Modeling ERP Academic Deployment via Adaptive Structuration Theory

Modeling ERP Academic Deployment via Adaptive Structuration Theory

Harold W. Webb (The University of Tampa, USA) and Cynthia LeRouge (Saint Louis University, USA)
DOI: 10.4018/978-1-60566-026-4.ch421
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Abstract

Academic/industry collaboration can change learning processes and improve outcomes by integrating resources and creating opportunities not otherwise attainable (Wohlin & Regnell, 1999). However, each institution’s culture and organizational objectives influence the collaborative relationships developed as advanced information technologies (e.g., computer aided software engineering tools, enterprise resource planning [ERP] systems, and database tools) are adopted. The challenge is to facilitate mutual understanding and acknowledge distinctions in addressing each organization’s goals. The aim of these relationships is the appropriation of ERPs in a manner that enriches educational experiences, while providing industry benefit. There are many quandaries associated with this phenomenon. How does the deployment of ERPs facilitate educational processes? To what degree should these resources be utilized? What tools and methods should be used? What is the role of the ERP vendor? Can academic independence be maintained? Without a framework to identify relevant variables, it is daunting to begin to assess the impact of varying degrees of adoption, identify effective processes of deployment, and move toward assessing costs and benefits. Though some frameworks address academic/industry collaboration (Mead et al., 1999), few have considered the implications of ERPs on the evolution of inter-institutional collaborative relationships. This exposition augments a framework for understanding the forces at work when integrating ERPs into educational settings (LeRouge & Webb, 2002, 2005). We begin our discussion by reviewing adaptive structuration theory (DeSanctis & Poole, 1994) as the foundation for the academic/industry ERP collaboration framework (LeRouge & Webb, 2002). We discuss academic/industry collaboration constructs and their relationships within the context of ERP systems and then integrate examples, findings, and issues from recent research.
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Using Ast To Model Erp Deployment In The Academy

Adaptive structuration theory (AST), an extension of structuration theory (Giddens, 1982), has been used as a framework to study organizational change processes during advanced information technology adoption (Poole & DeSanctis, 1992). Adaptive structuration takes a socio-technical perspective. Human actors and organizational context are introduced within this perspective as moderators of technology impact. The adoption of an advanced technology, therefore, is a process of organizational change resulting from the mutual influence of the technology and social processes.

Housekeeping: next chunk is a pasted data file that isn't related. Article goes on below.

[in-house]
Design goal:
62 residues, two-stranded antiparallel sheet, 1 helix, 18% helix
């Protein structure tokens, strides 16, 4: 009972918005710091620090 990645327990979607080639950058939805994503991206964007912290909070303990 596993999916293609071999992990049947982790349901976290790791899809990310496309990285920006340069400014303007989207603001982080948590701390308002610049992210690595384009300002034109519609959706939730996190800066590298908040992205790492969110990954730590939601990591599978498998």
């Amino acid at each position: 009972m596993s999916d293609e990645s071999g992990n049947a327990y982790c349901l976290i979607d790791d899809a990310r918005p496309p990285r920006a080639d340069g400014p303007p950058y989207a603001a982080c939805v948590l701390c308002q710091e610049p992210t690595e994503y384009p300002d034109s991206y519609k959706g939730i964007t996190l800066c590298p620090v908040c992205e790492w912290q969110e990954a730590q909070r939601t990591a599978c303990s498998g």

The premise at hand is that in academic settings, human actors and organizational context collectively moderate the processes by which ERPs are appropriated. Such dynamic processes affect not only institutional and industry outcomes resulting from the appropriation, but also the evolution of the relationship between industry and academia. The number of academic institutions adopting ERPs is increasing (Rosemann & Maurizio, 2005). However, use is not a perfect proxy for effectiveness, as ERPs serve some institutions better than others (Antonucci, Corbitt, Stewart, & Harris, 2004).

ERP system adoption within the context of colleges of business is of interest and has considerable impact for a number of reasons: market demand, level of commitment required, interdisciplinary functionality, and level of system sophistication. To provide insight, we reintroduce our AST-based model for organizing constructs and relationships for this phenomenon (see Figure 1). We augment this model and understanding by providing recent research examples, findings, and issues related to construct attributes (provided in Tables 1 through 9).

Figure 1.

Adaptive Structuration Theory Applied to Industry/Academic Collaborations adapted from DeSanctis and Poole (1994) (LeRouge & Webb, 2002)

Key Terms in this Chapter

Technology Infrastructure: Required supporting activities and facilities including network, hardware, software, development, and maintenance.

Structure of Academic/Industry Collaboration: Representation of social practices among the stakeholders affecting academic/industry collaboration that result in the establishment of rules of practice and the provision of resources.

Joint Outcomes: The direct output and by-products of the education process including student learning, employable work force, market exposure, and contributions to research.

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